Idea to brighten up an interior corridor

I have a dark corridor which opens to the living room on one end, and along it's way open to two bed rooms and a bathroom on one side, a closet on the other side, and ends at the door to the master bedroom. This corridor is very dark and it's already painted white.
Any idea how to brighten it up? I may find a brighter white but it may not help much. I am thinking in one of the bedrooms that may be I can open several holes. Glass blocks to pass the light through? But the wall is an interior wall so it's only 4" thick and glass blocks are thicker than that. Plus I need to open pretty big holes in order to add in horizontal 2x4 to hold any kind of heavy stuff.
Any idea would be appreciated.
Thanks,
O
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On Tue, 5 Oct 2004 22:55:13 -0400 'orangetrader' wasted 19 lines of text to spew in newsgroup: alt.home.repair

Turn on a light.
-Graham
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<< >Any idea how to brighten it up? Turn on a light. -Graham >>
Or add a hallway light. Since many electrical codes require outlets in hallways, these duplex outlets can be replaced with a dedicated combination lamp/outlet such as the Pass & Seymour TM8HWL-ICC. It has automatic light sensing shutoff and uses LED's that will probably last 20 years or so. HTH
Joe
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orangetrader wrote:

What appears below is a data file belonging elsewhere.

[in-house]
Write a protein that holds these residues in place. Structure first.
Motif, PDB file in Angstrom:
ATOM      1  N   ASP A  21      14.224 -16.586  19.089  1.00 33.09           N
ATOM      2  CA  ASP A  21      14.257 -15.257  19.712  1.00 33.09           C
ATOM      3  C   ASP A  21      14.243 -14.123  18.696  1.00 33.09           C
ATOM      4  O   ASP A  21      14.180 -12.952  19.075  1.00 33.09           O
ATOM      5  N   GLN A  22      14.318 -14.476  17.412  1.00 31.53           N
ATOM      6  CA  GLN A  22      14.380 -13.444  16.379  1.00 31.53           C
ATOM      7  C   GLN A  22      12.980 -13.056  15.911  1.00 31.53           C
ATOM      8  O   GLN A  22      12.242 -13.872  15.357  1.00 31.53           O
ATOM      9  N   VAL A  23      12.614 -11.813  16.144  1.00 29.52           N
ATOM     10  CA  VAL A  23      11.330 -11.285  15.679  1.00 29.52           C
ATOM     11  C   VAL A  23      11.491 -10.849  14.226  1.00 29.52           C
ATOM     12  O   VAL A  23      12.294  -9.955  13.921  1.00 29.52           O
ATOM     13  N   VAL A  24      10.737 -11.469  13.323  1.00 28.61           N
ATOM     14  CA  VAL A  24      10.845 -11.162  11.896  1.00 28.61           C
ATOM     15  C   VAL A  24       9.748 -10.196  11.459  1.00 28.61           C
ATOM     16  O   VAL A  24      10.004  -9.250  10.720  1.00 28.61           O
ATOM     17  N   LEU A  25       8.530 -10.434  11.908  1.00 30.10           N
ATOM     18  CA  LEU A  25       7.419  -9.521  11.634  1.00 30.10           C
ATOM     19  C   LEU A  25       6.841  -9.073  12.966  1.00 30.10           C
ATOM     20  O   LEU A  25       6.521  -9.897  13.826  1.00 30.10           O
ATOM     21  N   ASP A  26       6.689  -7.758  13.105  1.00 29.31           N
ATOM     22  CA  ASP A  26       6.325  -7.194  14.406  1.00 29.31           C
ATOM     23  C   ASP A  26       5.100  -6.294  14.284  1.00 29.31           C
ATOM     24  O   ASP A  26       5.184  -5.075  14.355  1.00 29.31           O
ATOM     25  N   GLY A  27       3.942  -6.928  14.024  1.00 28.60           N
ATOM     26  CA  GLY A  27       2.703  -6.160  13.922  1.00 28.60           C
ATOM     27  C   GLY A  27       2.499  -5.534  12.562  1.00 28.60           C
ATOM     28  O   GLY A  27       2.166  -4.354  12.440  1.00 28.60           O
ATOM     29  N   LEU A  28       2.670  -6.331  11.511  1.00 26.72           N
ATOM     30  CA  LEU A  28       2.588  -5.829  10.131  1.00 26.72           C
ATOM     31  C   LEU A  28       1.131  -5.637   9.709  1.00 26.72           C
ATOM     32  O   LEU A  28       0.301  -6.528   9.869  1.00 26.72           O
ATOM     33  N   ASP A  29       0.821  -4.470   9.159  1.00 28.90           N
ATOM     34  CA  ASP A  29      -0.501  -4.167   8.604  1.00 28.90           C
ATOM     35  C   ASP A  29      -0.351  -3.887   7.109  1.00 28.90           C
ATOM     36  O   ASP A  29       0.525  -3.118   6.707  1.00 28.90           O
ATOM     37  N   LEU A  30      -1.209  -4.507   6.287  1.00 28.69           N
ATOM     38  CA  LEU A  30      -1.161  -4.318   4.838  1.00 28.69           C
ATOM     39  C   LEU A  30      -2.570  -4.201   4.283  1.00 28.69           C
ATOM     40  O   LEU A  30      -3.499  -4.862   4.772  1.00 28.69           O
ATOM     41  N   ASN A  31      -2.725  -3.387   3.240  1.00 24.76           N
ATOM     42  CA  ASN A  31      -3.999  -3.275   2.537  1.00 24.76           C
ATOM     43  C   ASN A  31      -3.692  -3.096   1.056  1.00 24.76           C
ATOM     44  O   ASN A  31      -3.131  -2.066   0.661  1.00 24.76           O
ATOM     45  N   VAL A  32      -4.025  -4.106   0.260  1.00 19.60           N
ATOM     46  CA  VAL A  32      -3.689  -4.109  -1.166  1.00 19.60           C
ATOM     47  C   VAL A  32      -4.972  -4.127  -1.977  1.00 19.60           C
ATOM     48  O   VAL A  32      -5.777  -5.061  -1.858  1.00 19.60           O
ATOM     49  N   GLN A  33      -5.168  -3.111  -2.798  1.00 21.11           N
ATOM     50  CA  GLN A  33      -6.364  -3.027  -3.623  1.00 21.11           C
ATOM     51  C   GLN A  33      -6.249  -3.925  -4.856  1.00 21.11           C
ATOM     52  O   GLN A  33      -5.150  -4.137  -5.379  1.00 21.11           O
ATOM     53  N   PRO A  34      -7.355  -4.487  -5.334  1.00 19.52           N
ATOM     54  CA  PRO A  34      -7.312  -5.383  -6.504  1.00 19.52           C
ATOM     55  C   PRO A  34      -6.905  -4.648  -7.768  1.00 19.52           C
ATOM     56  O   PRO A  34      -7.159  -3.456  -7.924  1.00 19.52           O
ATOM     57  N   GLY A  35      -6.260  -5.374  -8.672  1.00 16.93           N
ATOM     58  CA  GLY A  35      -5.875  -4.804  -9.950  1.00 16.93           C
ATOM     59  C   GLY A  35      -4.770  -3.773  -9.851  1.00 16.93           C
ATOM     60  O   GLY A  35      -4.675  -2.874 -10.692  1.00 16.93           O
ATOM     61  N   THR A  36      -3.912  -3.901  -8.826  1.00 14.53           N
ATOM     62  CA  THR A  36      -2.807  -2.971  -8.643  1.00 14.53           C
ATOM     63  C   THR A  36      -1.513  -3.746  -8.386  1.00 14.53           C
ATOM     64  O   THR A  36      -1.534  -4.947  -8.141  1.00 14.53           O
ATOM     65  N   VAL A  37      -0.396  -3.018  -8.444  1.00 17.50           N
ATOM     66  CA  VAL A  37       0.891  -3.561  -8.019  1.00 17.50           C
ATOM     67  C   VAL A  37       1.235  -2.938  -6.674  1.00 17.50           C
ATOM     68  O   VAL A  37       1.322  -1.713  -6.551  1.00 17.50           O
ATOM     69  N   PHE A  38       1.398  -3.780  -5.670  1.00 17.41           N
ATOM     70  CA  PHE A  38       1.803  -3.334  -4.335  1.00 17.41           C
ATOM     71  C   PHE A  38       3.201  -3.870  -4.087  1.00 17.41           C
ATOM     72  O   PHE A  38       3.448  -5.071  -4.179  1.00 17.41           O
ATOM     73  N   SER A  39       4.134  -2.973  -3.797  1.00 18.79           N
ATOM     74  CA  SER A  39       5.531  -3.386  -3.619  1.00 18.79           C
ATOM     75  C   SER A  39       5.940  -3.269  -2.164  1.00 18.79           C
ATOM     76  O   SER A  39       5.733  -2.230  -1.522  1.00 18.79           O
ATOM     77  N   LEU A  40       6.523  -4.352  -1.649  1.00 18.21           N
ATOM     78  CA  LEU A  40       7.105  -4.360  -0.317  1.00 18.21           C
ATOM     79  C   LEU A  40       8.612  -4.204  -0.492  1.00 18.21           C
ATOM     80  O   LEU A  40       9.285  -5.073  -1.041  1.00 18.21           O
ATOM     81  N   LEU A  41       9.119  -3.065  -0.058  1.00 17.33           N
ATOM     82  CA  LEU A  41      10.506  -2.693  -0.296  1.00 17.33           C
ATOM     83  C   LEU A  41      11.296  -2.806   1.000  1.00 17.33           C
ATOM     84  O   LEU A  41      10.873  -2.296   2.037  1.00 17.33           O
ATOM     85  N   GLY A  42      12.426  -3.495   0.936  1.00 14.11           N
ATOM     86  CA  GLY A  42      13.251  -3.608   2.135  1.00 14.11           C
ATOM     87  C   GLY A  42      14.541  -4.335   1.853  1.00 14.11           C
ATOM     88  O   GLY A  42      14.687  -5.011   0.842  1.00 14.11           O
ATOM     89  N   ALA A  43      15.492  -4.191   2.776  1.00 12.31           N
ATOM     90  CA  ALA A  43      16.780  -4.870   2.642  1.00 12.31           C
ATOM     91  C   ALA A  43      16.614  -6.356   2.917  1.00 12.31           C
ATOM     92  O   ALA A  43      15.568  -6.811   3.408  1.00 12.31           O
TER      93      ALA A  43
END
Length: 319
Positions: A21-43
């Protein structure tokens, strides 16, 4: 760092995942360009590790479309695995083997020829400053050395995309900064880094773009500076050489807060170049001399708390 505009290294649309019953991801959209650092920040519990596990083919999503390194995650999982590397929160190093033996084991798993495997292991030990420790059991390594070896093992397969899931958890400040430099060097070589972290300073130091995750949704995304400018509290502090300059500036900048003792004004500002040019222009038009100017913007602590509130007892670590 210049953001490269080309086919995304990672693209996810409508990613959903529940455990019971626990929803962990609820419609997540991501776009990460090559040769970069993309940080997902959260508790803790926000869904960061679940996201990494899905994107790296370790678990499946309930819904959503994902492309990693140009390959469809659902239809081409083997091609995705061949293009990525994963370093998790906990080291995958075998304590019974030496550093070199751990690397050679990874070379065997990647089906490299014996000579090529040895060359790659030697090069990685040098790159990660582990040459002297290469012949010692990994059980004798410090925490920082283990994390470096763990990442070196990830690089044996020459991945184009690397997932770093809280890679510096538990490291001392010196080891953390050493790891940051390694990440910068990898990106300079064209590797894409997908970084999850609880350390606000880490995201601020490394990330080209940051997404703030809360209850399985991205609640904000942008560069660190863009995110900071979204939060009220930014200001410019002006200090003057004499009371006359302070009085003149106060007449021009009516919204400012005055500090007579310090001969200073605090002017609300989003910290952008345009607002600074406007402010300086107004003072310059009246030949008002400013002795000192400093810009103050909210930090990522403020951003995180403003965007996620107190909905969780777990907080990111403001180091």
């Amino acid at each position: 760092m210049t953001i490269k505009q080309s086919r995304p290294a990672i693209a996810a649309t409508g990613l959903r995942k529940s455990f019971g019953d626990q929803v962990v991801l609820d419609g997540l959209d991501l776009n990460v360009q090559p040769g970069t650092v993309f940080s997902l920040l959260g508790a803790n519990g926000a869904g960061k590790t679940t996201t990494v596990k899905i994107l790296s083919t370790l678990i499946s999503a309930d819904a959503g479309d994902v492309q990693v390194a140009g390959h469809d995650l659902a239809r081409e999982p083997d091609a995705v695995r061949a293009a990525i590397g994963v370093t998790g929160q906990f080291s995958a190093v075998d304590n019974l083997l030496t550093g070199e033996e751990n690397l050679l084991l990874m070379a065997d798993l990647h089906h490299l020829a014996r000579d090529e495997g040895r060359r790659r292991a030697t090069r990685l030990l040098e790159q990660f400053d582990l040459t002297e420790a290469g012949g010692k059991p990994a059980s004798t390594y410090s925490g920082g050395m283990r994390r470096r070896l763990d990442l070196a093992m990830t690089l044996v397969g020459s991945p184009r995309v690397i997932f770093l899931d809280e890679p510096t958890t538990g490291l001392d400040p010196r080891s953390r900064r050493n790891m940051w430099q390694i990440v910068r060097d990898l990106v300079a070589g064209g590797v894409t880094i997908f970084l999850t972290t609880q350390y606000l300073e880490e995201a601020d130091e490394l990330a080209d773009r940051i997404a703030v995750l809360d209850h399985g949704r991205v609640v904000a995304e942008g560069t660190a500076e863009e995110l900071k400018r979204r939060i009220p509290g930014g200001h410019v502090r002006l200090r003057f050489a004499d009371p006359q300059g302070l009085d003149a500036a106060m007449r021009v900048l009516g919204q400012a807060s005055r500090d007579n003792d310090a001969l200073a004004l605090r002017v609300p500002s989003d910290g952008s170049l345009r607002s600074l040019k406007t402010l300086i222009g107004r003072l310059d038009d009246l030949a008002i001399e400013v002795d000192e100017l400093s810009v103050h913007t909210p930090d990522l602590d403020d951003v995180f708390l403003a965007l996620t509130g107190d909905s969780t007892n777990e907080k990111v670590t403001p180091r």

What's above the corridor? If an attic, perhaps a light shaft to a skylight or a skylight tube. http://tinyurl.com/42sm4
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What about a tubular skylight? They're relatively inexpensive, pretty flexible, and can make a big difference.
On Tue, 5 Oct 2004 22:55:13 -0400, "orangetrader"

Maxi
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orangetrader wrote:

Transoms have been used for many years. In most homes today, they need not open.
If you don't have another floor above, try a light tube (a type of high tech skylight) there are several brands and names.
Turn on and/or add a light.
--
Joseph E. Meehan

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1. A motion detector light, automatically goes on when you go in the hall. 2. Mirrors at the end of the hall to reflect whatever light there is. Perry

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One trick of the eye that I saw recently on one of those home improvement stations is to paint the lower half of the corridor a slightly darker colour. This supposedly creates the illusion of more openness. You could probably get an idea of the effect by taping a few sheets of bristol board to the lower wall.
"orangetrader" ( snipped-for-privacy@hotmail.com) writes:

-- "For it is only of the new one grows tired. Of the old one never tires." -- Kierkegaard, _Repetition_
James Owens, Ottawa, Canada
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